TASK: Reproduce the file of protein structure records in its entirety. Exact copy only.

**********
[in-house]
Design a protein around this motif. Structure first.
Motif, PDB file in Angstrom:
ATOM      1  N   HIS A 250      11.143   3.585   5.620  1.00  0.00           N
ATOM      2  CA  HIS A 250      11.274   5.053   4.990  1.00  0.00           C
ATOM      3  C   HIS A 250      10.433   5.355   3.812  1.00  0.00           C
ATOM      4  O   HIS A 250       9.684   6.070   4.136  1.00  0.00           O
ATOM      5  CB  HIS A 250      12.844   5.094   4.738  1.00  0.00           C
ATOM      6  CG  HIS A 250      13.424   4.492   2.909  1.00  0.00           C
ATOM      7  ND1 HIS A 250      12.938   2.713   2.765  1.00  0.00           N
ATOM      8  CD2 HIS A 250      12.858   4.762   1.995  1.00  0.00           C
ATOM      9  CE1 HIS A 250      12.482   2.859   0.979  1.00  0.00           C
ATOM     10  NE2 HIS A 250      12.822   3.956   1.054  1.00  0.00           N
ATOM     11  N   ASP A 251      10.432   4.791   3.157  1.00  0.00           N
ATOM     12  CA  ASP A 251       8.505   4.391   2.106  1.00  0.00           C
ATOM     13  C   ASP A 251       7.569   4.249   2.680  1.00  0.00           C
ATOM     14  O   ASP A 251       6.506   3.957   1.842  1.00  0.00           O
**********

[in-house]
Design a protein around this motif. Structure first.
Motif, PDB file in Angstrom:
ATOM      1  N   HIS A 250      11.143   3.585   5.620  1.00  0.00           N
ATOM      2  CA  HIS A 250      11.274   5.053   4.990  1.00  0.00           C
ATOM      3  C   HIS A 250      10.433   5.355   3.812  1.00  0.00           C
ATOM      4  O   HIS A 250       9.684   6.070   4.136  1.00  0.00           O
ATOM      5  CB  HIS A 250      12.844   5.094   4.738  1.00  0.00           C
ATOM      6  CG  HIS A 250      13.424   4.492   2.909  1.00  0.00           C
ATOM      7  ND1 HIS A 250      12.938   2.713   2.765  1.00  0.00           N
ATOM      8  CD2 HIS A 250      12.858   4.762   1.995  1.00  0.00           C
ATOM      9  CE1 HIS A 250      12.482   2.859   0.979  1.00  0.00           C
ATOM     10  NE2 HIS A 250      12.822   3.956   1.054  1.00  0.00           N
ATOM     11  N   ASP A 251      10.432   4.791   3.157  1.00  0.00           N
ATOM     12  CA  ASP A 251       8.505   4.391   2.106  1.00  0.00           C
ATOM     13  C   ASP A 251       7.569   4.249   2.680  1.00  0.00           C
ATOM     14  O   ASP A 251       6.506   3.957   1.842  1.00  0.00           O